Starting a centre-based ECE service

This is a guide for service providers interested in establishing a licensed early childhood education (ECE) and care centre. Please make sure you read the whole document before taking further steps to establishing your ECE service.

Licensing Criteria Cover

Preparing policies, procedures and processes

We suggest you do the following:

  1. Read the licensing criteria booklet that applies to your service type to identify which policies are required.
  2. Write drafts of documentation required for licensing and other policies, procedures and processes you think would be useful. If your service is part of an umbrella organisation it may require additional documentation or have examples you can adapt.
  3. Consider how you will ensure that your service operates in accordance with the regulations and licensing criteria, and have documentation to reflect this.
  4. Contact your local Ministry of Education office to have a New Centre Licensing pack, which includes the probationary licence application (EC/1C), sent to you. It is helpful to have the form at this stage as some of your documentation of policies, procedures and processes need to be submitted as part of the application. The other policies, procedures and processes will be looked at later, on site, when your service is visited by the Ministry of Education as part of the licensing process.

  • Why have policies?
    • Policies identify agreed processes and procedures that ensure:

      • key legislative requirements are met;
      • those involved in the service have a shared understanding of agreed processes and procedures so that these are consistent, safe and appropriate; and
      • those involved in the service have the opportunity to discuss policy and suggest change through regular review processes.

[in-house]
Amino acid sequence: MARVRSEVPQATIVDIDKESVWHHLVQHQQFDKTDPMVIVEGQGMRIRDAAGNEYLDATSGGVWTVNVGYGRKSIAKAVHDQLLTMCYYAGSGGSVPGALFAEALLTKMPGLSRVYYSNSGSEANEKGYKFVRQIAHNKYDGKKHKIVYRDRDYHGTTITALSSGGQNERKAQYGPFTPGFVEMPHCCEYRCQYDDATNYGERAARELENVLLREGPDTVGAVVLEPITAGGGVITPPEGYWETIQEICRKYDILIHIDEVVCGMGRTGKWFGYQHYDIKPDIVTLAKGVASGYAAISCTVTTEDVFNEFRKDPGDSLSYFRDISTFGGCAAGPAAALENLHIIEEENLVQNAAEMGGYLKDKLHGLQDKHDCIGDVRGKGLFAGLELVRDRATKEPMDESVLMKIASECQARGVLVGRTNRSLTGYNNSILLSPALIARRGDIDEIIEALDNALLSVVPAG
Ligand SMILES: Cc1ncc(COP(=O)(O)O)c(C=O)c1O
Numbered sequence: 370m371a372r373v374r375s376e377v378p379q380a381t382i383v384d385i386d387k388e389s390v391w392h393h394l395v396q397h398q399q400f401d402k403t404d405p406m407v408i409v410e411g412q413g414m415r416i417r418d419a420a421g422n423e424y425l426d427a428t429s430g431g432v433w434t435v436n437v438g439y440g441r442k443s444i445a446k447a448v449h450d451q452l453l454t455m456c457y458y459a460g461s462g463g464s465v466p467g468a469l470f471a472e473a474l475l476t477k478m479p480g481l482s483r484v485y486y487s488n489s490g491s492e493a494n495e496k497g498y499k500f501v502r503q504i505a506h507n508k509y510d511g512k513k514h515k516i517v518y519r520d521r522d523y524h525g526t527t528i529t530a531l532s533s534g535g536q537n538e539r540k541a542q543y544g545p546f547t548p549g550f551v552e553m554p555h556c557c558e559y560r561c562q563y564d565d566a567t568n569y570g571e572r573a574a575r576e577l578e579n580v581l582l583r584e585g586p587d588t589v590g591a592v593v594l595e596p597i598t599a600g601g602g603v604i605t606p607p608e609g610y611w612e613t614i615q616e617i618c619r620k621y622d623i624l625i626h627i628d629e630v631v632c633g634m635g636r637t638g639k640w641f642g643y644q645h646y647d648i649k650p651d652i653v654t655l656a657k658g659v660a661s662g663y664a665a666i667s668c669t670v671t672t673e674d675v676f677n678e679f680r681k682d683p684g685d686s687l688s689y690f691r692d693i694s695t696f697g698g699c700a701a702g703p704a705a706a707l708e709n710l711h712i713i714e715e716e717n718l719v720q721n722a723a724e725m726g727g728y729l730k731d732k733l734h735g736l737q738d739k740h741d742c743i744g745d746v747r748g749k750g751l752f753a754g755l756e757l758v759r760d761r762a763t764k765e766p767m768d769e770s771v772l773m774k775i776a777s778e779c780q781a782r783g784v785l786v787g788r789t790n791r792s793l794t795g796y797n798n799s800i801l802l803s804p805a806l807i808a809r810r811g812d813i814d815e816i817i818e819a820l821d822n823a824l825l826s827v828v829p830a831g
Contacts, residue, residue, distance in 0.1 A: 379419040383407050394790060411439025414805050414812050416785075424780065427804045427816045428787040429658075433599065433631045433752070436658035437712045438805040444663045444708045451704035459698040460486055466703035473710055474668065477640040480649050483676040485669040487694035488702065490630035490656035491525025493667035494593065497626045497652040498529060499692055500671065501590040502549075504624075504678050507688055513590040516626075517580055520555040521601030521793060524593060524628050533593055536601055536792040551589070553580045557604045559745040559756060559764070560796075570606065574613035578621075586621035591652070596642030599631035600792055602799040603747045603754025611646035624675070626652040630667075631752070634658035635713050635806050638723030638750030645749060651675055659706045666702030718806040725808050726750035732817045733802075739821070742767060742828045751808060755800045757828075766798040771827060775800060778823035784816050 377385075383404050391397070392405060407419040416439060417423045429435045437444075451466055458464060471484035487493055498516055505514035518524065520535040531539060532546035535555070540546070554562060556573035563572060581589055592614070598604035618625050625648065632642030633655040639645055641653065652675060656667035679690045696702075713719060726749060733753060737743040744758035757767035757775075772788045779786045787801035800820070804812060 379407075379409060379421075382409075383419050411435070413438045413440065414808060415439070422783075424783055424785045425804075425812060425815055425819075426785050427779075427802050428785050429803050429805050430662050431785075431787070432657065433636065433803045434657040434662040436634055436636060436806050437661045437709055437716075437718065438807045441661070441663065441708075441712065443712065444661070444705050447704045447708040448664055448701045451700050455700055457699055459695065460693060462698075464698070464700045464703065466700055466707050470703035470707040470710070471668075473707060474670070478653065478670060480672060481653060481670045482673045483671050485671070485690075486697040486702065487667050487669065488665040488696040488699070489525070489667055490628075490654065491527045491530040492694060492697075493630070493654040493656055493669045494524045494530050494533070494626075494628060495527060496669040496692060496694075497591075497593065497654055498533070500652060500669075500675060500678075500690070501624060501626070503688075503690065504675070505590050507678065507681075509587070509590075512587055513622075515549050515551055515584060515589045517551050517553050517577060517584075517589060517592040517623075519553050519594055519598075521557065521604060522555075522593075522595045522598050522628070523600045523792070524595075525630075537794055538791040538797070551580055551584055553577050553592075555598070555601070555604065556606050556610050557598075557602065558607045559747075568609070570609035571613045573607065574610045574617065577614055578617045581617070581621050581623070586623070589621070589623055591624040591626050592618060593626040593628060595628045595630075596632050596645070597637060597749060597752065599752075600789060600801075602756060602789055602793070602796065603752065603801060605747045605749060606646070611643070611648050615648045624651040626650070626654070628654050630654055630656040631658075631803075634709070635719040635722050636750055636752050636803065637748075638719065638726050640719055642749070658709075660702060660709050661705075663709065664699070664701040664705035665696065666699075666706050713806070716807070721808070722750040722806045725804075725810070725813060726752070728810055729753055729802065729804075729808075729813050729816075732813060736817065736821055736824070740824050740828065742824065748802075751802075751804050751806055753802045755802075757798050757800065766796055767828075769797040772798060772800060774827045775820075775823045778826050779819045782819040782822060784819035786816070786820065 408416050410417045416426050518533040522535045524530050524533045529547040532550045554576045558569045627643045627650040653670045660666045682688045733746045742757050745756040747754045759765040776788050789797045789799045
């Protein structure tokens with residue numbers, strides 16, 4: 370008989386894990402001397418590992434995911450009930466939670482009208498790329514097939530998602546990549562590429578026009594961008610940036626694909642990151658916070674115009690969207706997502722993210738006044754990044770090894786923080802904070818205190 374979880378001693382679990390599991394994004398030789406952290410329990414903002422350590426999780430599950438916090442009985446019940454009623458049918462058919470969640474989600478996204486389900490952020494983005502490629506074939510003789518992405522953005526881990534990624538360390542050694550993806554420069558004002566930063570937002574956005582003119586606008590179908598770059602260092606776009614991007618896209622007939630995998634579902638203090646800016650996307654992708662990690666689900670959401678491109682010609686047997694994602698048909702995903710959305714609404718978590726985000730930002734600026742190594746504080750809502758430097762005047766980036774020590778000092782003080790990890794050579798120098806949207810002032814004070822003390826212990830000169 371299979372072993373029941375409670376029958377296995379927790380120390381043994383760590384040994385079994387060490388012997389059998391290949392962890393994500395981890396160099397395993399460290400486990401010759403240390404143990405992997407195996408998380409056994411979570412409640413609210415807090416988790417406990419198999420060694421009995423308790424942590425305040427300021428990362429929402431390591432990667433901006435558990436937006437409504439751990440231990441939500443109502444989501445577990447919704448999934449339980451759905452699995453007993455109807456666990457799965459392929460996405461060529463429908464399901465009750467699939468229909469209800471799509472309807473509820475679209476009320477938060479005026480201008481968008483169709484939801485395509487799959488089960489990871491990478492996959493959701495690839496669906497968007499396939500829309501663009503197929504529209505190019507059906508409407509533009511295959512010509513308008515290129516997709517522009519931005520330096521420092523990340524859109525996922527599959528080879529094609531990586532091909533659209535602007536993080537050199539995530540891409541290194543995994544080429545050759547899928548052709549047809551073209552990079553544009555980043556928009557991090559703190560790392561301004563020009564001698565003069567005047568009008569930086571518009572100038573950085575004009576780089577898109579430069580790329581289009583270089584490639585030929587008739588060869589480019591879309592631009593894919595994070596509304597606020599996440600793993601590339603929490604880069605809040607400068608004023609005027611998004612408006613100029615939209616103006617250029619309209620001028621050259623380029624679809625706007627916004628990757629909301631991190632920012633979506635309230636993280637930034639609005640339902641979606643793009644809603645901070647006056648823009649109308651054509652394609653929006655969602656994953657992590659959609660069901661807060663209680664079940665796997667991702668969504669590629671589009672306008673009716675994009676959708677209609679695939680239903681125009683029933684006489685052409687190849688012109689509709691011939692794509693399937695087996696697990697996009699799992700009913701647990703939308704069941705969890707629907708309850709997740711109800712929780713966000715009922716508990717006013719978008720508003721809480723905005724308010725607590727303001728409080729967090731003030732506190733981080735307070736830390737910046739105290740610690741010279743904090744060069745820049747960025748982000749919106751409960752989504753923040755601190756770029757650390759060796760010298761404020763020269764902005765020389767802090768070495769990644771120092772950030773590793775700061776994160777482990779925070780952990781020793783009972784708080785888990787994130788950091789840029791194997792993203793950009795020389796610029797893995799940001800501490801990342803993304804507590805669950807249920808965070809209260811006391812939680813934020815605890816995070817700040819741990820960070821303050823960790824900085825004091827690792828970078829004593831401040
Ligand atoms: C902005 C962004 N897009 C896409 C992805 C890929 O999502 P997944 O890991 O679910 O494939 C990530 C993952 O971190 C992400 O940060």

(See regulation 47, criterion GMA4).

  • What is required?
    • The Education (Early Childhood Services) Regulations 2008 apply to all licensed services. The regulations require services to formulate certain policies, processes and procedures.

      Read the regulations to clarify what is actually required and from there determine what policies you will need. An ECE service’s policies will reflect its individual philosophy, values and style of operation. ECE services also need to develop their own policies and procedures to meet other legislative requirements.

  • Are policies legally binding?
    • Policies are not legally binding. They reflect an individual ECE service’s agreed practice, and can be reviewed and changed by the service. Staff, parents and others in the service may agree to follow the service’s policy (and any future changes to policy) when they are employed or when their child is enrolled.

      In this way they become binding to those staff and parents, and the service could dismiss an employee or cancel an enrolment if a policy is not followed. A court of law could not do the same because it only deals with breaches of regulations or law.

  • Can we copy from other services?
    • Policies from other ECE services can give you good ideas to think about as you write your own. However, do remember that all services and communities have different structures, beliefs, values and expectations. It is important that your policies are relevant to your service. If you don’t like a policy you already have, discuss it and change it.

      Your policies should work for you!

  • Writing policies
    • Wherever possible, develop policies before you need them and be prepared to introduce new policies and procedures when the need for this arises. Consultation with staff and parents will help to ensure your policies and procedures are robust and realistic for implementation on a daily basis.

      Most policies include:

      • a rationale (a reason for having the policy)
      • objectives (what you hope to achieve through the policy)
      • procedures that clearly describe the actual practices that will occur
      • how the policy will be implemented
      • when the policy should be implemented
      • who is responsible for its implementation
      • when the policy is planned to be reviewed.

      If your policy is not working well, consult with staff, contractors and families and change it! The content of your policies belongs to your service.

      A regular review process (see regulation 47, criterion GMA4) where those involved in the service have the opportunity to discuss policy and suggest changes will ensure your policies and procedures are always relevant to your service.